Wednesday, July 31, 2013

A Dozen of Our Favorite Sciene activities

     My boys LOVE science.  They always have and that love has grown tremendously since we started homeschooling.  Science is one of those subjects that best lends itself to hands- on experiments, real life observations and lots of trial and error.  The boys have an inherent interest in nature and how things work so even when I don't plan science experiments I feel like we're learning about science.  Many of our field trips revolve around science too-- trips to zoos, nature centers, hikes, children's museums, and even the beach lend themselves to nicely to science exploration.  For those times we're home and I'm planning actual experiments we use books, Pinterest, and Google to help us find extra fun experiments.  Here is a list of some our favorites that we've tried (I know the boys loved them because they still ask to do them all again!). 




1.  Volcanoes!  We have done many experiments with baking soda and vinegar to make various volcanoes.  We made a volcano in an ordinary drinking glass.  We made model volcanoes and filled them with baking soda and vinegar.  We  filled disposable tin trays with baking soda and used droppers to drop colored vinegar onto them; watching them bubble and foam.  We've made snow and sand volcanoes.  We've made fizzing alphabet letters using baking baking soda and water, letter trays and vinegar.  The reactions are endless fun for my three boys to watch and experiment with. 




2.  Make ice cream-- in a bag.  YUM!   It's a simple science activity that yielded a yummy treat; need I say more??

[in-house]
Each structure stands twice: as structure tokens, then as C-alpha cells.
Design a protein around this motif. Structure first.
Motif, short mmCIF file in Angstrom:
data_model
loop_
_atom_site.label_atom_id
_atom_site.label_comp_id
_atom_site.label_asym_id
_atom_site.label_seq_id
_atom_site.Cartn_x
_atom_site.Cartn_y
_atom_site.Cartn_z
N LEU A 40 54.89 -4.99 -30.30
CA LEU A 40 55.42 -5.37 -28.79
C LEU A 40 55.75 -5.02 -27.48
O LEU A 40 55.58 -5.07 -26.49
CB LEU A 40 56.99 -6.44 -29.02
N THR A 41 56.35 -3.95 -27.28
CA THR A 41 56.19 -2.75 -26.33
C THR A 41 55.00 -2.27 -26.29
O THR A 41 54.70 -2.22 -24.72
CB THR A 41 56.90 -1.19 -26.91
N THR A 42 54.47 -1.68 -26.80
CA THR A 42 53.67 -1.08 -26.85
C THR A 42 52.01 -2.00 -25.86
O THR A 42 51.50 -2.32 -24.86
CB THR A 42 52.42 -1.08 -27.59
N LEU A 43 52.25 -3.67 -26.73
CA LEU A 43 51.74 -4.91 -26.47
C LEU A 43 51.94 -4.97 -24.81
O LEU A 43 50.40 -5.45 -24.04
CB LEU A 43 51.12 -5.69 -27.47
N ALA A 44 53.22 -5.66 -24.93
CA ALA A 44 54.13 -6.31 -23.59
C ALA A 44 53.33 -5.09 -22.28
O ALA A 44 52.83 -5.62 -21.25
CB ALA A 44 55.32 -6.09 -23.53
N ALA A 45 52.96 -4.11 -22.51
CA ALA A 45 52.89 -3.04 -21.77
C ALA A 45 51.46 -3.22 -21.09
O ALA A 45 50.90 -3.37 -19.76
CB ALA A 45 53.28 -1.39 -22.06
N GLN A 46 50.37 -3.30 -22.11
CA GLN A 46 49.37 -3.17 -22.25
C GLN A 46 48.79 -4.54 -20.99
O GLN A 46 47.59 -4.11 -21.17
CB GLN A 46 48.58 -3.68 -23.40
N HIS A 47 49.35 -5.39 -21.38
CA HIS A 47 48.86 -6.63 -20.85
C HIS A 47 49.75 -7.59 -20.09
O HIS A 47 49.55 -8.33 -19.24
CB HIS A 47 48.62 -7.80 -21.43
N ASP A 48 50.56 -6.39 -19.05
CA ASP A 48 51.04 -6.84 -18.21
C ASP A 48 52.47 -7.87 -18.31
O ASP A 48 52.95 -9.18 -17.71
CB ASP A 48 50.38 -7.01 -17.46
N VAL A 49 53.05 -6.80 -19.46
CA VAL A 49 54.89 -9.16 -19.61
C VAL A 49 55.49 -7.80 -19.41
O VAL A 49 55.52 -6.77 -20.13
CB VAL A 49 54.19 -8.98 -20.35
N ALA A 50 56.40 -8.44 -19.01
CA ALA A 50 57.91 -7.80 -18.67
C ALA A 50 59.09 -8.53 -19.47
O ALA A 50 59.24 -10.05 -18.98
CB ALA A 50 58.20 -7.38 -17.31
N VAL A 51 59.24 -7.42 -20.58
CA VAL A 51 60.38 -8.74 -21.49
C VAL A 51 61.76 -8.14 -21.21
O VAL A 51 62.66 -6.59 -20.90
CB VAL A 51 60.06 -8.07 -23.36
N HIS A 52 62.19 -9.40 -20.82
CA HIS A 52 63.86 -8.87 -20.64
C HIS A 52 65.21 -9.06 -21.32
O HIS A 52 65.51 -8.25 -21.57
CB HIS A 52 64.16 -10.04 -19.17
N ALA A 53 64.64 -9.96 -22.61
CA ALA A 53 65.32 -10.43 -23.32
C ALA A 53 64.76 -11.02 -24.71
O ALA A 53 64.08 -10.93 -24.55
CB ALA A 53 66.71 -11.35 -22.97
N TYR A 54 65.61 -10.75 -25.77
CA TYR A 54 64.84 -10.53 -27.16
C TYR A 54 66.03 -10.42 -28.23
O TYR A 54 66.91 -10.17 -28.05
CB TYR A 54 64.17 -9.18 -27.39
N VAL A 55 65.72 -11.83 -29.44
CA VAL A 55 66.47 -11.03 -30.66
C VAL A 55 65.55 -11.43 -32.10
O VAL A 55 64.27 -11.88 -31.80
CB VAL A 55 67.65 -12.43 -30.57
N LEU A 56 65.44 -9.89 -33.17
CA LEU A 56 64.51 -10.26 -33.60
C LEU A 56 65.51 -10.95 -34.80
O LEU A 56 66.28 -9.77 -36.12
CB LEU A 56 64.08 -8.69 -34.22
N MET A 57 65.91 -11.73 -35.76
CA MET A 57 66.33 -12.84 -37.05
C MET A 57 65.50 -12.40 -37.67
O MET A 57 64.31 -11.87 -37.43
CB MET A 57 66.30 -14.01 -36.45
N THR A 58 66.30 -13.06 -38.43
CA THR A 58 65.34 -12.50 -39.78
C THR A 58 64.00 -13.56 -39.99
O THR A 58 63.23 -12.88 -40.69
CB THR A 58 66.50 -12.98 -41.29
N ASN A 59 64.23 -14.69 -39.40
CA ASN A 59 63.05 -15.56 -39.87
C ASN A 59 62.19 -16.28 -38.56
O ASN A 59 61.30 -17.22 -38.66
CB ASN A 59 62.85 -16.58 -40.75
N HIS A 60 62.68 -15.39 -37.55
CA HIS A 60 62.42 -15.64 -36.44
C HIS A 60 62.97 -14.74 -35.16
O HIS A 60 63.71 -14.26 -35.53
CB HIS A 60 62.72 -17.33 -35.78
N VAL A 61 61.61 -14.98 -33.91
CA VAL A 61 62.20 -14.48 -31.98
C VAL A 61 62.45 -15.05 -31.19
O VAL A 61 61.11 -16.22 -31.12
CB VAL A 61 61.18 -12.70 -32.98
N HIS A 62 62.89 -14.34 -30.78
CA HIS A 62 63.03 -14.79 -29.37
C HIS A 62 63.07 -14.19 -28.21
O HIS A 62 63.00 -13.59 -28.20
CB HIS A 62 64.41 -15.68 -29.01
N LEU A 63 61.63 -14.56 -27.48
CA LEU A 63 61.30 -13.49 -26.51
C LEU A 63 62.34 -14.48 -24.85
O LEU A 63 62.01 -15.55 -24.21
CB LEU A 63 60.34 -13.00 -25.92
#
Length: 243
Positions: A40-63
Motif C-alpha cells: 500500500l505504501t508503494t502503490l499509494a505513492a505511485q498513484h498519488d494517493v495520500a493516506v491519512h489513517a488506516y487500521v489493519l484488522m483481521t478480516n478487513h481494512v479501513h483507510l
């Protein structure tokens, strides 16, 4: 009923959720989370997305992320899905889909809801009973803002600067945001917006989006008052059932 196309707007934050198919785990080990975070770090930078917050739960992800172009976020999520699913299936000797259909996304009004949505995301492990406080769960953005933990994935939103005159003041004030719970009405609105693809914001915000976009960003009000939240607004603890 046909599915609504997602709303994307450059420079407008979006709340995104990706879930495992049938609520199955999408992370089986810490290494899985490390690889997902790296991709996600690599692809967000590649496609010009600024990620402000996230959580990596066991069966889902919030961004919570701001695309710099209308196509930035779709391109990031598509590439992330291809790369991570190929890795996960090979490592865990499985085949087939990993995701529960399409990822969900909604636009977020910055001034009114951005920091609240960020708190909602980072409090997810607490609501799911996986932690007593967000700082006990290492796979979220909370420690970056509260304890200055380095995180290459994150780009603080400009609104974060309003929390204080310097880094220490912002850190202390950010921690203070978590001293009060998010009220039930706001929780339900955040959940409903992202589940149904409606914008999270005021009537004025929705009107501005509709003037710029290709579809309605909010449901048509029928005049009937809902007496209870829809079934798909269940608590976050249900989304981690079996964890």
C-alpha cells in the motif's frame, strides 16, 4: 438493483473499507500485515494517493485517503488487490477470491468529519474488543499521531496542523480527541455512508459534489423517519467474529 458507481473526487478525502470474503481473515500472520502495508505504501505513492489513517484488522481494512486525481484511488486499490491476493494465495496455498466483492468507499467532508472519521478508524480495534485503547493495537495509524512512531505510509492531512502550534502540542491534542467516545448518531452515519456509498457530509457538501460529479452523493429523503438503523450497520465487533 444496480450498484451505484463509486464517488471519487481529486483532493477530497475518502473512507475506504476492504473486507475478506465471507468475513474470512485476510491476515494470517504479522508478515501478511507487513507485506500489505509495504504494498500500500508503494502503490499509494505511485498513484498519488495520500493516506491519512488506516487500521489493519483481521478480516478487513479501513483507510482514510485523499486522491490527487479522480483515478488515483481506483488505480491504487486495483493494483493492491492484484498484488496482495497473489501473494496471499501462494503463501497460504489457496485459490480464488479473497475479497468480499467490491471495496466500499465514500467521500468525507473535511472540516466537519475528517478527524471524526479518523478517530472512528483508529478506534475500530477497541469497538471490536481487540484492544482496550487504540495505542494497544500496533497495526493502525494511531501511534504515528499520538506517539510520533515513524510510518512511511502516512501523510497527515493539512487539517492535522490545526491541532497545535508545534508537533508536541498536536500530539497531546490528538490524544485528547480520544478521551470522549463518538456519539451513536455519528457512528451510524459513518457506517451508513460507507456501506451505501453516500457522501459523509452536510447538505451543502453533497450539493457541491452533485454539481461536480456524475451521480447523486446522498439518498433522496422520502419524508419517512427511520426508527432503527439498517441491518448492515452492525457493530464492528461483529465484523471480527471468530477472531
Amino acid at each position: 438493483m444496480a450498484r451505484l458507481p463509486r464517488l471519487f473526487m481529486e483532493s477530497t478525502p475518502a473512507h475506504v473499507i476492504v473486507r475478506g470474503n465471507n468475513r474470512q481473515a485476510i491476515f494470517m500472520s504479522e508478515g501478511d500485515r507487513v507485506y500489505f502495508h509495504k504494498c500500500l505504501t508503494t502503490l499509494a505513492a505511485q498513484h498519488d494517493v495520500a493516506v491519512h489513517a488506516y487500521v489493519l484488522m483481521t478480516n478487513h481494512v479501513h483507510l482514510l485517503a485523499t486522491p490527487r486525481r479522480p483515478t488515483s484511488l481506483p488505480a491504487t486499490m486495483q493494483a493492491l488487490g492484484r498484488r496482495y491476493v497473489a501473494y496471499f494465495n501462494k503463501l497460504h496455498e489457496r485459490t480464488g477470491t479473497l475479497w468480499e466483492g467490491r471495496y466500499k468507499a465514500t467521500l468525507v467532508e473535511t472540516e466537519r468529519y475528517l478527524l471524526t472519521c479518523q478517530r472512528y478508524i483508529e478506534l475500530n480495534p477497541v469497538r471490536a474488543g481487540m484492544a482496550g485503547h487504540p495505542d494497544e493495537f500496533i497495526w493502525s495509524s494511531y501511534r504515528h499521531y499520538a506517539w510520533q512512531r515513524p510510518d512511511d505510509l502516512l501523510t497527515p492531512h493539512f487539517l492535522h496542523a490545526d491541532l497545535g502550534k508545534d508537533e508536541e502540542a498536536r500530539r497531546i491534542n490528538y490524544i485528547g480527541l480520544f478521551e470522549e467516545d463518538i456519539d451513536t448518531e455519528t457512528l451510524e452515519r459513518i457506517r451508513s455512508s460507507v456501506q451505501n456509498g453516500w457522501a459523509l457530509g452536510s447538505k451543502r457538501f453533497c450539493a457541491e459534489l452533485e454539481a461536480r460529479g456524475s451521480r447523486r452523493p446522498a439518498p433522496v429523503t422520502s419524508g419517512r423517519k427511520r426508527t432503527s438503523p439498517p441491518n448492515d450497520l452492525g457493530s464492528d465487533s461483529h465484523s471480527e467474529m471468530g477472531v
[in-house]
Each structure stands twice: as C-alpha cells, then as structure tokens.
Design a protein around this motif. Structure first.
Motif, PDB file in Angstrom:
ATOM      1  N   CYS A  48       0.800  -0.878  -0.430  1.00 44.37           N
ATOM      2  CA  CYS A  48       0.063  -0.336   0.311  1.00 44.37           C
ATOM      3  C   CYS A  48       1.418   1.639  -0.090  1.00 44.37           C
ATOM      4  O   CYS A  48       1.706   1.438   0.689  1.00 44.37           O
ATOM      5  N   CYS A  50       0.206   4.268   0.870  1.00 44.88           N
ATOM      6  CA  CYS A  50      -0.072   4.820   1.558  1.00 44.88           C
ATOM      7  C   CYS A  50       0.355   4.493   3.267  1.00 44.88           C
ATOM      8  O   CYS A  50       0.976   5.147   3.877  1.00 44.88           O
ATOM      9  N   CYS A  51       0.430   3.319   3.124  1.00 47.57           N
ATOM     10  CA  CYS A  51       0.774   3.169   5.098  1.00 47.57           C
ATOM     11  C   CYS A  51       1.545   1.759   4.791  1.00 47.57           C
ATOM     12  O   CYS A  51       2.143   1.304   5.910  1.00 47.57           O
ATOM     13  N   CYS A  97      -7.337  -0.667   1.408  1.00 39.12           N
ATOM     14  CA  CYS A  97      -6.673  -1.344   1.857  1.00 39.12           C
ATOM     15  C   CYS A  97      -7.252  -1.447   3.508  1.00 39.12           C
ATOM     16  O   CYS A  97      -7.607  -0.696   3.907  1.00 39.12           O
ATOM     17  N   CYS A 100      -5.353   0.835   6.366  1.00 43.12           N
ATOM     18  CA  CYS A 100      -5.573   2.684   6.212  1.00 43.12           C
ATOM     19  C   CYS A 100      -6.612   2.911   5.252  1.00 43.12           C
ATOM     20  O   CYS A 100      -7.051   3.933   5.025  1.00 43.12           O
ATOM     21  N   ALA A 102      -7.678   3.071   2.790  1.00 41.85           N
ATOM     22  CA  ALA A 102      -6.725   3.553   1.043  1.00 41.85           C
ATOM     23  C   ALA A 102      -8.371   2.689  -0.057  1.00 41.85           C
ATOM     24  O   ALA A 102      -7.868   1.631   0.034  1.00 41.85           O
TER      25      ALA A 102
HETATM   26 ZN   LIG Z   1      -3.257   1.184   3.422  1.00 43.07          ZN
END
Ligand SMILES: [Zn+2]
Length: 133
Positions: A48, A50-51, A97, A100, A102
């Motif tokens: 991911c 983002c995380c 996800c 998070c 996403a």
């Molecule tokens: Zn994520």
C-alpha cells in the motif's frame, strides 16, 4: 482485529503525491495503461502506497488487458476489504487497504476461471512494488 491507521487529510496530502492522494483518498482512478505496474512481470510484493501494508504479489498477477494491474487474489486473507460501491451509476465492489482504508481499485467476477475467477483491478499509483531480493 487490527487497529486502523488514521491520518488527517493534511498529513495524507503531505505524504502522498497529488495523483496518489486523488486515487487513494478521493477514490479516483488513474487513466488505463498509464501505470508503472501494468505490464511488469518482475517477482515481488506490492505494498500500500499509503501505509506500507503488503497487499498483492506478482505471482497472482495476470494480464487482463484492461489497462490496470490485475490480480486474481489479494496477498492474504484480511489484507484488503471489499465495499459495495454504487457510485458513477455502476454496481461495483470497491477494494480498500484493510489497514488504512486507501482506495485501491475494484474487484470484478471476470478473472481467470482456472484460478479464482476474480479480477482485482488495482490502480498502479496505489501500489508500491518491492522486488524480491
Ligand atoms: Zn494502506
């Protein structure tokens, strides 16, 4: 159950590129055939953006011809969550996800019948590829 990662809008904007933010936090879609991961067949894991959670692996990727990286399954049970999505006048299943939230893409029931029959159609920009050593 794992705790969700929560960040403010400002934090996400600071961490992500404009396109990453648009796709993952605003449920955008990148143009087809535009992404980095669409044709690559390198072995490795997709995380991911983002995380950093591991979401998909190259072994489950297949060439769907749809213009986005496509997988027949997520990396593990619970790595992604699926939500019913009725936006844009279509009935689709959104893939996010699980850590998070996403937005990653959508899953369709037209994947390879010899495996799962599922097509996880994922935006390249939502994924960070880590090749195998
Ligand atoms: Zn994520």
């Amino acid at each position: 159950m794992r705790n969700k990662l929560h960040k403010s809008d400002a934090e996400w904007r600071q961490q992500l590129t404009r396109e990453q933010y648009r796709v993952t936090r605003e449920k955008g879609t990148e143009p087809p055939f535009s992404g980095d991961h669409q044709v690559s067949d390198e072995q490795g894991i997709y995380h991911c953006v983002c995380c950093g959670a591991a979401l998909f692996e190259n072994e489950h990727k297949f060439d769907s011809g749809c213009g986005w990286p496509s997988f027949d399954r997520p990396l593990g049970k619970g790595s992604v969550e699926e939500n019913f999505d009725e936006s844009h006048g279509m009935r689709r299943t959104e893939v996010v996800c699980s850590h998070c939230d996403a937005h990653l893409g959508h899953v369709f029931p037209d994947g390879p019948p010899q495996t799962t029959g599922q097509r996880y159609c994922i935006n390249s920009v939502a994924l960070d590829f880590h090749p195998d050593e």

3.  Homemade Lava Lamp-- This one was lots of fun and so easy!  We took a plastic jar and filled it part way with colored way and part way with oil and then we dropped Alka Seltzer tablets.  Easy, fun and fascinating! 

4.  Freezing bubbles-- One very cold winter morning we brought our bubble solution outside and blew bubbles.  We got to watch them freeze right before our very eyes.  It was amazing even to me! 

5.  Tornado in a bottle-- My husband drilled a small hole in two soda bottle tops.  We filled one bottle 3/4 of the way with water and put the tops onto two bottles and glued/taped them together.  If you twirl the bottles slowly as you flip them over the water funnels out the holes and into the waiting bottle.  It is very neat to watch that funnel form. 

6.  Bag of Blood (great at Halloween!).  When I saw this on a website at Halloween time I had no idea how much fun it would be.  We filled a Ziploc bag with colored water and using long wooden skewers we poked them all through the bag.  We were amazed at how many skewers we could put through the bag before it started leaking. 

7.  Oil and Water experiments-- We have made an ocean in  a bottle using blue colored water and vegetable oil.  We have filled disposable vegetable trays with oil and dropped colored water into it, watching the water bead up and stick together.  My kids love trying to mix oil and water; it never gets old. 

8.  Ivory Soap Clouds-- We love watching the Ivory soap bars puff up into a huge cloud of soap flakes in our microwave.  The air and water pockets inside Ivory soap, in particular, lead it to puff up into a huge mound.  It's so fun to watch it get bigger and bigger.  Then the boys have fun playing with the flakes afterwards.